The world’s top tennis players, from Roger Federer to Maria Sharapova, are not only superior athletes but brands unto themselves, and part of being a brand is looking good, even during a sweaty hours-long battle on center court.
When these big names hit the salon at the annual U.S. Open tennis tournament in Queens, N.Y., the stylist many of them come to see is Julien Farel.
“It’s about looking good,” Farel told ABC News’ Rebecca Jarvis, noting that professional athletes have become icons and celebrities.
“They must look great. So hair, clothes, makeup, everything [has] to work,” he said.
Farel has even doubled as a good-luck charm. He cut Rafael Nadal’s hair before he won one of his U.S. Open titles.
“Two days ago I got Andy Murray for the first time and he said, ‘What is so particular with your haircuts?’ I said, ‘You might win the tournament,’” Farel said.
Heading into the tournament, Ana Ivanovic said Farel trimmed her locks and gave her “sunkissed” highlights, noting it was the first time in her life she had ever had her hair colored.
“We compete and we are tough on court, but off-court, and also on-court, we want to be feminine, we want to still be woman, and beauty is such a big part of that,” the Serbian tennis champion said. “I think that’s the first thing someone notices, is your hair, your appearance, so it’s important to look good.”
Before her first match, Jelena Jankovic got her nails done and said she waited to get her hair cut until she got to the tournament so that Farel, who cut her long brown locks up to her shoulders a few days ago, could do it.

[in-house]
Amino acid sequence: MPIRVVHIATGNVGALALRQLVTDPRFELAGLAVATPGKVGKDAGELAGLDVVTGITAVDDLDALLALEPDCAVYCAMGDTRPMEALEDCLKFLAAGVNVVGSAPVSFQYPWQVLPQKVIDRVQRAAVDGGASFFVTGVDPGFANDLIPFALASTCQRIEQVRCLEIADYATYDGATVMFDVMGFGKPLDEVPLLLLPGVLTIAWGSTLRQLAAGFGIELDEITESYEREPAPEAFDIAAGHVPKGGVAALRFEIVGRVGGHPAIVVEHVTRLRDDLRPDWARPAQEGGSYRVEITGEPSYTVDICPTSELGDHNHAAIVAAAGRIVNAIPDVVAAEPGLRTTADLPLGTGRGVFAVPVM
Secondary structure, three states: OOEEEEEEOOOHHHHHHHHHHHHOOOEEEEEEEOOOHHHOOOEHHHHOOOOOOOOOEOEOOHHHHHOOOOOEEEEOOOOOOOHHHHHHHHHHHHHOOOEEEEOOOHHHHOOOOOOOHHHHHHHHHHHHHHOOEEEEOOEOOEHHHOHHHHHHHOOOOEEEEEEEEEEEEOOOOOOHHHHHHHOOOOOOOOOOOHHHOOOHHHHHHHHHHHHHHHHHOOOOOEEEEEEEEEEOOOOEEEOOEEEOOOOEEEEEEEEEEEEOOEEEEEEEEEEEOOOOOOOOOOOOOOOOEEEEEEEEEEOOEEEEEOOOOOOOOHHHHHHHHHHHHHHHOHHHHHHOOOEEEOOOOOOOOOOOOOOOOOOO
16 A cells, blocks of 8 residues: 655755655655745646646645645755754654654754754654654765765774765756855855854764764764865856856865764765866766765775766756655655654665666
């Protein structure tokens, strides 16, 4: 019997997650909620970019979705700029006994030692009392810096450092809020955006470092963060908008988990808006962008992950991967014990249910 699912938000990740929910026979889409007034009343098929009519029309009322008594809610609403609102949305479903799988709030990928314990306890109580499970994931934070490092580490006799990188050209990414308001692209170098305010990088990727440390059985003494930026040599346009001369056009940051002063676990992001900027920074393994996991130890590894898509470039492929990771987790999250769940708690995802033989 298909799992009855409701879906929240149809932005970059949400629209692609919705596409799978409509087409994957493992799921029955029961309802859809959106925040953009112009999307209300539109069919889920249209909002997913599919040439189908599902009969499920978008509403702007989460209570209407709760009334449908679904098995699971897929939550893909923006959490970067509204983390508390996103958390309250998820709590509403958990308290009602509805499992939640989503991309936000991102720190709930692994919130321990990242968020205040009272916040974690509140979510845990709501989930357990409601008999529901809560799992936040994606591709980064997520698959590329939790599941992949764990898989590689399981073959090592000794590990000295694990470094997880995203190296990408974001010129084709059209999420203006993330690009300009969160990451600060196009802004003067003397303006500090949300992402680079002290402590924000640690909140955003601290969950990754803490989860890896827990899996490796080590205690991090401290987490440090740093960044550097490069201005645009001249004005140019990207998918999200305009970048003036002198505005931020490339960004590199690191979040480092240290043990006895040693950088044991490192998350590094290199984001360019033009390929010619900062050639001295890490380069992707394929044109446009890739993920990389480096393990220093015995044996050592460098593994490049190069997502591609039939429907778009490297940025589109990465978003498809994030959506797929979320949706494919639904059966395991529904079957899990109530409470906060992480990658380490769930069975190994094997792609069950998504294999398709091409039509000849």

“I just wanted a change,” Jankovic said. “I had long hair for so long and I just wanted a nice short cut. It’s nice. I look younger.”
This Grand Slam tournament means big money — bigger than the Super Bowl. U.S. Open winners take home $3 million each, compared to $92,000 paid out per NFL player who wins a Super Bowl. Last year, U.S. Open spectators and athletes generated an estimated $720 million of economic activity in the New York City area, compared to the $430 million the Super Bowl is expected to bring in when it comes to MetLife Stadium at East Rutherford, New Jersey, in February. The U.S. Open is a two-week tournament, whereas the Super Bowl is a one-day event.
So it seems getting glammed up before taking center court is just another part of loving the game.